This is a great picture lifted from somewhere. The graveyard of the city.
I've had the Joni Mitchell refrain - they paved paradise, and put up a parking lot - going through my mind a lot lately.
When I first came to Vancouver, I found it to be very pleasant. It was a small city, and I well remember being on the West side in the morning and seeing someone, and seeing that same person on the East side the same afternoon. Traffic was relatively light, and the city had a kind of sleepy feel to it.
20 years later, the traffic is choked up practically 24 hours a day, development has run rampant, they have blown up the paradise of Eagle ridge bluffs and paved it, Grouse Mountain has extended at least three-fold, Vanoc has taken over half of the dictionary, and the city that I grew to love has changed oh so much for the worse.
Whose idea and/or want was this? What kind of benefit or prestige do the Olympics, and corollary development impart on the denizens of Vancouver?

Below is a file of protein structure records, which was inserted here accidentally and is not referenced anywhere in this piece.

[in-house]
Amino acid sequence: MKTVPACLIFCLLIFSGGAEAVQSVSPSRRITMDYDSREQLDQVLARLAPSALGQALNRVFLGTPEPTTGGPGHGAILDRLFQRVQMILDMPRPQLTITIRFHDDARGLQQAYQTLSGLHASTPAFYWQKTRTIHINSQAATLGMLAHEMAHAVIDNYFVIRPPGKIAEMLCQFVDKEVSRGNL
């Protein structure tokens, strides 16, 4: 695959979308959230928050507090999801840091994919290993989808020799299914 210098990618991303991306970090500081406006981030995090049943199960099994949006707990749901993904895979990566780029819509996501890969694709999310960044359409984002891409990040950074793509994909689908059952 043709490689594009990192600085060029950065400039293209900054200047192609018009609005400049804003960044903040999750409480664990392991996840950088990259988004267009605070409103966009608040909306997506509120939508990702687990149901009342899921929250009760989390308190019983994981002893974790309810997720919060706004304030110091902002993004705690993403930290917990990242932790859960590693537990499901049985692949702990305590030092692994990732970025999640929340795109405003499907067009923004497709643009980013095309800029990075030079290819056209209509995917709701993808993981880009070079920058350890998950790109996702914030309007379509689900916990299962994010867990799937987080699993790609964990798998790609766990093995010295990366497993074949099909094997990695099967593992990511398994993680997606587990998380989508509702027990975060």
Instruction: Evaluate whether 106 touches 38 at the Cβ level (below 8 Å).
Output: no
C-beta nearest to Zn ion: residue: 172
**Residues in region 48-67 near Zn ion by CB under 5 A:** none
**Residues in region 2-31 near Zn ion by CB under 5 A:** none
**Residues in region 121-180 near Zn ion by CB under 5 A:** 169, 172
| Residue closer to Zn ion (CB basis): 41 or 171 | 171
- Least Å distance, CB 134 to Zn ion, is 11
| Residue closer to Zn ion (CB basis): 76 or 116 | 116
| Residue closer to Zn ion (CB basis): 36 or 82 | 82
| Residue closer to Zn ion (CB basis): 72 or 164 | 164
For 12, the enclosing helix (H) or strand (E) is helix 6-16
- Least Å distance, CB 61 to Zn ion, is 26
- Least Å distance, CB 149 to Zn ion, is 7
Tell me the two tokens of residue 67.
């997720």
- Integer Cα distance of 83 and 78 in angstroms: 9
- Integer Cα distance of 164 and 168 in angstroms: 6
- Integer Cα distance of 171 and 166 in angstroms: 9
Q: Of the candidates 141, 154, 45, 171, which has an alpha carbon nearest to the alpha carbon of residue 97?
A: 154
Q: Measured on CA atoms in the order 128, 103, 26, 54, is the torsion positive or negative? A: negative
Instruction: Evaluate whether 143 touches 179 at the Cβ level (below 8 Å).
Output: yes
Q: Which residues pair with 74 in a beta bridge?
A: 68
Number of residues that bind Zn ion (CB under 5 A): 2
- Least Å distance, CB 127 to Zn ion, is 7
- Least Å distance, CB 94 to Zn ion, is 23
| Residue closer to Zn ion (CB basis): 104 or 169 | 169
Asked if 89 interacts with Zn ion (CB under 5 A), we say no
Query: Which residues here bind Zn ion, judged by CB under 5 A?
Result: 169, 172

The city seems smaller than it did then, just twice as busy/packed. A lot of Vancouverites have gained massive wealth on paper, but it is next to useless unless realized.
I think the answer to the question of benefit is that "rich foreigners", greedy speculators and developers have benefited. I suppose that those that arrived from choked cities elsewhere, more recently than I, still find the city small and pleasant in contrast to whence they have come. I also realize that I am a nostalgic, and a romantic fool who dislikes change, but oh, woe. I find it a shame.
I wonder how many would have voted for the Olympics if they could have seen past the stars in their eyes?